Cover

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Title Page, Copyright, Dedication

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Contents

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pp. vii-viii

Illustrations

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p. ix

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Preface

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pp. xi-xiii

Year after year a story is told in Bogot

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Introduction

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pp. 3-11

This is the story of the violent death of Jorge Eli

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1. The Dialectics of Public Life

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pp. 13-38

Alfonso L

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2. The Making of a Man in the Middle

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pp. 39-55

Jorge Eliécer Gaitán was born on January 23, 1898—a year before the War of the Thousand Days broke out—in Las Cruces, an impoverished Bogotá neighborhood known as the "barrio of the fallen aristocracy."1 The once-respectable if not fashionable barrio was sufficiently close to the center of the city to allow Jorge Eliécer's proud parents to bypass their own parish of Santa...

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3. Encounters on the Middle Ground

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pp. 56-76

Gait

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4. The Expansion of Public Space

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pp. 77-103

Early in March 1944 on a small farm outside of Bogot

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5. The Pressures of Power

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pp. 104-131

By the end of 1945 the Liberals were in hopeless disarray. The jefes had little choice but to rely on Gabriel Turbay to stop Gait

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6. The Middle Ground Disappears

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pp. 132-154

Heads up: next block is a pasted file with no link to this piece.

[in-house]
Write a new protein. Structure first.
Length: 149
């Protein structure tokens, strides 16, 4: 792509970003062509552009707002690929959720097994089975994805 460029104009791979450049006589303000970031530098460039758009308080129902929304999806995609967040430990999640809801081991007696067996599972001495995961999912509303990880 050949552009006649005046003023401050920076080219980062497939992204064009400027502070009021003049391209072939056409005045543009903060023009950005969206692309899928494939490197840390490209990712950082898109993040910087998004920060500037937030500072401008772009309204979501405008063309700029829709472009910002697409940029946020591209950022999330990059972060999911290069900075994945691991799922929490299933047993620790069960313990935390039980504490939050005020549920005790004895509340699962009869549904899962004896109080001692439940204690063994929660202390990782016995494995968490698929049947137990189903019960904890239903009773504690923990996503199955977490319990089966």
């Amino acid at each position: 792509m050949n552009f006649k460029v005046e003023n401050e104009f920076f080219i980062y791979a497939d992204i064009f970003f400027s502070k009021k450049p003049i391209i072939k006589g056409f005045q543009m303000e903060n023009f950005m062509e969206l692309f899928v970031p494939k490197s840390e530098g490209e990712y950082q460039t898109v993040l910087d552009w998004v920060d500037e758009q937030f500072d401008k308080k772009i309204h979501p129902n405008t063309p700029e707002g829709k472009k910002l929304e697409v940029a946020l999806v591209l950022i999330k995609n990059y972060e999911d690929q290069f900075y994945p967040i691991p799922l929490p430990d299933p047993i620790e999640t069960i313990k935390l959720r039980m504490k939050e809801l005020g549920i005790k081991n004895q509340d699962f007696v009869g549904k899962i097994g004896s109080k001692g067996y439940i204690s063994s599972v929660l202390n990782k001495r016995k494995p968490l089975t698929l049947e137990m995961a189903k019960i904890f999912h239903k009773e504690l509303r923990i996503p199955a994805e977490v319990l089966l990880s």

Gait

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7. The Crowd

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pp. 155-172

Although violent, the first actions of the crowd followed traditional lines. The first protesters had partisan aims. They marched on the palacio to seek justice from a Conservative government for the death of a Liberal. Others followed Liberal leaders who walked to the presidential residence in search of a political solution to an infraction of the moral order. The first targets were...

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8. The Demise of Convivencia

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pp. 173-199

On the afternoon of April 9 the traditional hierarchies of public life were turned upside down. The crowd took center stage. The traditional leaders, with hardly enough time to respond to events, became spectators. The Conservatives in government were relegated to the gallery. The Liberals turned their backs on the crowd, squinting for a glimpse of their Conservative...

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Conclusion

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pp. 200-204

What is remembered? Colombians recall different pasts. Memories are so vivid that it is difficult to believe that these events occurred more than thirty years ago. It is as though Gaitan and the bogotazo, known in Colombia more historically and simply as "el nueve de abril,"1 had taken place just yesterday, as though the long Violencia of which few wish to speak had not taken place...

Notes

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pp. 207-256

Bibliography

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pp. 257-271

Index

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pp. 273-282